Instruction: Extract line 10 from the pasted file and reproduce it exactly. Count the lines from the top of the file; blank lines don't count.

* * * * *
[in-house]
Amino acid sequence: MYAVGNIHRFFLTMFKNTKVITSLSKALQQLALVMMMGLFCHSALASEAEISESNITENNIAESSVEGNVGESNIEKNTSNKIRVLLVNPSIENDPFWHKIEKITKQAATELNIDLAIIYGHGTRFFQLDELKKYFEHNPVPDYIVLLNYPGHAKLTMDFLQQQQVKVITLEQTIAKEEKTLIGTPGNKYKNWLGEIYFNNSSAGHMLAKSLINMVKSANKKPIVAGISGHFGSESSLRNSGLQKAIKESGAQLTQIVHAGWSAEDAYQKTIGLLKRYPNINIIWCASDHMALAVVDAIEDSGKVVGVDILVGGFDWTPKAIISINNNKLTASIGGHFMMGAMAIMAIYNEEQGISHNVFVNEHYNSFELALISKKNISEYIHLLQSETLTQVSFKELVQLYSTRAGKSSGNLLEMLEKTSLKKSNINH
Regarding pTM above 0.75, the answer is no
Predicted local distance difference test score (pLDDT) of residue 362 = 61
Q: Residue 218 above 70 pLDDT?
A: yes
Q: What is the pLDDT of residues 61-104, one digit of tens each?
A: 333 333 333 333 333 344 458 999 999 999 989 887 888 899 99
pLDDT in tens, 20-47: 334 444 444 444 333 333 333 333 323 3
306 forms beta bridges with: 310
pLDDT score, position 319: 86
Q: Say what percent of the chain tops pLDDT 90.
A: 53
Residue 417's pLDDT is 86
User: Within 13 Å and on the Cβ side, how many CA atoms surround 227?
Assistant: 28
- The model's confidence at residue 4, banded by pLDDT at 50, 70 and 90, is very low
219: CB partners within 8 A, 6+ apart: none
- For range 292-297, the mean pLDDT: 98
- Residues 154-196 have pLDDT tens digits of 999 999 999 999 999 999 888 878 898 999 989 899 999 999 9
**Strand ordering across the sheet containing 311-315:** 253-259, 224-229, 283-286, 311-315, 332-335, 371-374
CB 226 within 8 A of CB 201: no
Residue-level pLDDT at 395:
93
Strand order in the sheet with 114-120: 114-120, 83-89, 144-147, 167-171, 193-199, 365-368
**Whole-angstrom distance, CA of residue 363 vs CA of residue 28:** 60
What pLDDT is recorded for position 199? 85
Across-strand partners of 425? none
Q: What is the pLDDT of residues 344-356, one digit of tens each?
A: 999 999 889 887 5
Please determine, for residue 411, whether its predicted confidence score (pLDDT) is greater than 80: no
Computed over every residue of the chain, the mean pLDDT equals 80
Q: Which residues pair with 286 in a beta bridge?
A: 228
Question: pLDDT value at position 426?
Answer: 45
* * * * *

306 forms beta bridges with: 310